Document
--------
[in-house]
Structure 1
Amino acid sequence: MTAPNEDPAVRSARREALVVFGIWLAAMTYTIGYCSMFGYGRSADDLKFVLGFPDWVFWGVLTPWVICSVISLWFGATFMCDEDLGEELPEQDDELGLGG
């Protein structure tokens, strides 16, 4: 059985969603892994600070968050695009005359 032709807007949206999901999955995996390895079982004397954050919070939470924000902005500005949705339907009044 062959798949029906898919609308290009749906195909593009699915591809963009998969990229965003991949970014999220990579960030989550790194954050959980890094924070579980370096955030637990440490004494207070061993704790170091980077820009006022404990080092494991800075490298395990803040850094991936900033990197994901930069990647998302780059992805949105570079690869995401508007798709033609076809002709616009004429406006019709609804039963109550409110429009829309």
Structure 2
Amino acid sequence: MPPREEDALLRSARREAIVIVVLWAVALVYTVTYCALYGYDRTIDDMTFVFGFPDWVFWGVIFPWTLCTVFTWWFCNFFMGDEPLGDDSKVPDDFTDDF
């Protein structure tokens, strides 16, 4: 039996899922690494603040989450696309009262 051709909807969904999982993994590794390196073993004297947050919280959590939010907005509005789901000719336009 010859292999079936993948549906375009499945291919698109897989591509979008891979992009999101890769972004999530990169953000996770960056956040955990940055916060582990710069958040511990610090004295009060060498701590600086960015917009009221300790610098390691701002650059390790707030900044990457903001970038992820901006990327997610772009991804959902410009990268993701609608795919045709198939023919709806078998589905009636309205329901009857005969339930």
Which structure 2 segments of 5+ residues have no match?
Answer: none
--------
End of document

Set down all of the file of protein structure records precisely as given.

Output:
[in-house]
Structure 1
Amino acid sequence: MTAPNEDPAVRSARREALVVFGIWLAAMTYTIGYCSMFGYGRSADDLKFVLGFPDWVFWGVLTPWVICSVISLWFGATFMCDEDLGEELPEQDDELGLGG
């Protein structure tokens, strides 16, 4: 059985969603892994600070968050695009005359 032709807007949206999901999955995996390895079982004397954050919070939470924000902005500005949705339907009044 062959798949029906898919609308290009749906195909593009699915591809963009998969990229965003991949970014999220990579960030989550790194954050959980890094924070579980370096955030637990440490004494207070061993704790170091980077820009006022404990080092494991800075490298395990803040850094991936900033990197994901930069990647998302780059992805949105570079690869995401508007798709033609076809002709616009004429406006019709609804039963109550409110429009829309």
Structure 2
Amino acid sequence: MPPREEDALLRSARREAIVIVVLWAVALVYTVTYCALYGYDRTIDDMTFVFGFPDWVFWGVIFPWTLCTVFTWWFCNFFMGDEPLGDDSKVPDDFTDDF
């Protein structure tokens, strides 16, 4: 039996899922690494603040989450696309009262 051709909807969904999982993994590794390196073993004297947050919280959590939010907005509005789901000719336009 010859292999079936993948549906375009499945291919698109897989591509979008891979992009999101890769972004999530990169953000996770960056956040955990940055916060582990710069958040511990610090004295009060060498701590600086960015917009009221300790610098390691701002650059390790707030900044990457903001970038992820901006990327997610772009991804959902410009990268993701609608795919045709198939023919709806078998589905009636309205329901009857005969339930």
Which structure 2 segments of 5+ residues have no match?
Answer: none